I'm not the original poster above, but This research paper might be of some relevance. It does not mention echidnas, but it does state that the neocortex makes up 80% of the volume of the human brain (this article says 76%, but isn't peer reviewed, and doesn't give a source). So the "compared to one-third of a human brain" half of the sentence, at least, would be appear to be incorrect - perhaps the BBC journalist misunderstood something? Anaxial (talk) 20:13, 3 January 2014 (UTC)
I've identified a further peer-reviewed source backing up the 80% figure, and, furthermore, stating that there are no primate species in which the neocortex makes up less than half the brain. I did also find a NY Times article about echidnas backing up the claim in the BBC piece, but this seems to contradict the available scientific evidence, and appears to come from the same source. I will therefore amend the page accordingly. Anaxial (talk) 09:31, 4 January 2014 (UTC)


Article as it stands doesn't explain what spines are for. Seeing as they are a distinctive and recognisable feature of the animal, it would be desirable to have some reference to the function of the spines (and perhaps how they are different from spines of hedgehogs and spiny anteaters). Bilby4 (talk) 04:19, 20 December 2013 (UTC)

Penile Spines[edit]

I believe the article should explain the purpose of the penile spines in regards to echidna mating. It seem strange to include them in the discussion without explaining what they are and what they do. — Preceding unsigned comment added by Collins.1116 (talkcontribs) 01:42, 1 October 2014 (UTC)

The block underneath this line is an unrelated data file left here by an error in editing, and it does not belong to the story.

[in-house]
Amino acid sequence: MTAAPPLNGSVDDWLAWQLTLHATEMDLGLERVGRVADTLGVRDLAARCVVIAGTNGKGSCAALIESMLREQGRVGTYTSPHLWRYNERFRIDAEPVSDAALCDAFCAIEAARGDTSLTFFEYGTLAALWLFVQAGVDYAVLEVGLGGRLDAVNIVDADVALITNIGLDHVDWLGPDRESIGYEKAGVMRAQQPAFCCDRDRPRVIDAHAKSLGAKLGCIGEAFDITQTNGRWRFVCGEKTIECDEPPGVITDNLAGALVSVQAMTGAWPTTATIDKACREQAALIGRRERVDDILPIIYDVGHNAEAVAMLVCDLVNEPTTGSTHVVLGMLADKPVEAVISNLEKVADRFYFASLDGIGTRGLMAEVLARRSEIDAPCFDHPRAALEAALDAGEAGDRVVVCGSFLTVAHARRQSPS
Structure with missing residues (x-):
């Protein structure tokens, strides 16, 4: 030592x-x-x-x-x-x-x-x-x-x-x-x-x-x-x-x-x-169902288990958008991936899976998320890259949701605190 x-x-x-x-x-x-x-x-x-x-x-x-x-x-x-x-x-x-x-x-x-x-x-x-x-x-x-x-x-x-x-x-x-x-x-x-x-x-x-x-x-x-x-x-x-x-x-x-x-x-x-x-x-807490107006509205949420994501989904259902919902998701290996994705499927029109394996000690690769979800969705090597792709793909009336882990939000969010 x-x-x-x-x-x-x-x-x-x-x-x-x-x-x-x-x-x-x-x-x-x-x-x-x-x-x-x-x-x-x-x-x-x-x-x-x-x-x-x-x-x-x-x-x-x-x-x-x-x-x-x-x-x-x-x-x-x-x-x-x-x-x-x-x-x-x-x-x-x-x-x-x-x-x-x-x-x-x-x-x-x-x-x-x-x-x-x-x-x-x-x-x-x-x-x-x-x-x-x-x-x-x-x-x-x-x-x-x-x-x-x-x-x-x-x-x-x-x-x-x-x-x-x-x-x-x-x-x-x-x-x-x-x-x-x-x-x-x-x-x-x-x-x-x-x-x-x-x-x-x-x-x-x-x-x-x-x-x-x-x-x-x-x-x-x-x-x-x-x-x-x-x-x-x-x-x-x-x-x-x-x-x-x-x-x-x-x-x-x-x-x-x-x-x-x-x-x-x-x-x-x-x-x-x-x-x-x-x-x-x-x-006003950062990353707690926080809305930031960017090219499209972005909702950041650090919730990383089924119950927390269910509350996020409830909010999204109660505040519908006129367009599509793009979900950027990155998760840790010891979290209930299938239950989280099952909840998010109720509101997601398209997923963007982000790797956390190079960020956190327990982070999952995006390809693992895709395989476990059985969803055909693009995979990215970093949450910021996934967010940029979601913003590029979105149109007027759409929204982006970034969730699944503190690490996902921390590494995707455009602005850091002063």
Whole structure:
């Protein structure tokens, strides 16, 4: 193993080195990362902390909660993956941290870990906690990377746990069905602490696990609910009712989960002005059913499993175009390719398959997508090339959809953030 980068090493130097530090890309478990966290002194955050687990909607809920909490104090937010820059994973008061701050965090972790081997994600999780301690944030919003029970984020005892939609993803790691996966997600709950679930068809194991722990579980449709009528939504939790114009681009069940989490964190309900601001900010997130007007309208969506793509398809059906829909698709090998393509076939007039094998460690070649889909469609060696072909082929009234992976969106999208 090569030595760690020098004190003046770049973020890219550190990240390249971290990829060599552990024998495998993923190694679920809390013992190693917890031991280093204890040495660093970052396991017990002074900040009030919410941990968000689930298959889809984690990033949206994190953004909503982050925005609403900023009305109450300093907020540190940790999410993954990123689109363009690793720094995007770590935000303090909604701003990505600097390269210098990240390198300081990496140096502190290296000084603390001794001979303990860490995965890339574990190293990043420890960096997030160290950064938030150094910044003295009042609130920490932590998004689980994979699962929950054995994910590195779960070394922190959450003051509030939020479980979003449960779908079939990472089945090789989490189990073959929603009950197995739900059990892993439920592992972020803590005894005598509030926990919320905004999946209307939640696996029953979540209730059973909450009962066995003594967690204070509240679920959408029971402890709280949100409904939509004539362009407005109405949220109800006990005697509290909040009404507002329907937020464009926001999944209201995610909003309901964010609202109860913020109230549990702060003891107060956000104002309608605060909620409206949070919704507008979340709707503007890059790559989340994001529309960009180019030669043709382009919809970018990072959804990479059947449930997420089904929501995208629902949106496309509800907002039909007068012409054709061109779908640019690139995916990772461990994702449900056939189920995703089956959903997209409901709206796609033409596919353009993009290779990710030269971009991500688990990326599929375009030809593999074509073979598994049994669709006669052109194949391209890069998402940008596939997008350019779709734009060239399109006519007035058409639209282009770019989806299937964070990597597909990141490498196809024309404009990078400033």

When concerning how to help echidnas, it seems that teaching people how to help them seems a bit much. It would probably be best to not mention handling echidnas at all to prevent people from trying to help them directly, which would probably do more harm then good. — Preceding unsigned comment added by Collins.1116 (talkcontribs) 01:42, 1 October 2014 (UTC)

Penis Use[edit]

For clarity's sake, it may need to be established what is meant by "During mating, the heads on one side "shut down" and do not grow in size; the other two are used to release semen into the female's two-branched reproductive tract. Each time it has sex, it alternates heads in sets of two." Whether this mean it switches during each mating season or instance of mating is a little unclear. — Preceding unsigned comment added by Collins.1116 (talkcontribs) 01:42, 1 October 2014 (UTC)

Expansion of Evolution section[edit]

The section mentions the divergence of platypus-echidna and that this might imply that echidnas came from water-foraging ancestors. However, I feel that this could use a little more explanation of the evidence, such as their anatomical and physiological traits such as: as aquadynamic streamlining, dorsally projecting hind limbs acting as rudders, and locomotion founded on hypertrophied humeral long-axis rotation, which provides a very efficient swimming stroke. — Preceding unsigned comment added by Shippley.3 (talkcontribs) 22:05, 1 October 2014 (UTC)

At the end of the section it mentions how olviparous reproduction may have given monotremes an advantage over marsupials however it can be expanded. This advantage can in part lead to the observed associated adaptive radiation of echidnas and expansion of the niche space, which together contradict the fairly common assumption of halted morphological and molecular evolution that continues to be associated with monotremes. — Preceding unsigned comment added by Shippley.3 (talkcontribs) 22:22, 1 October 2014 (UTC)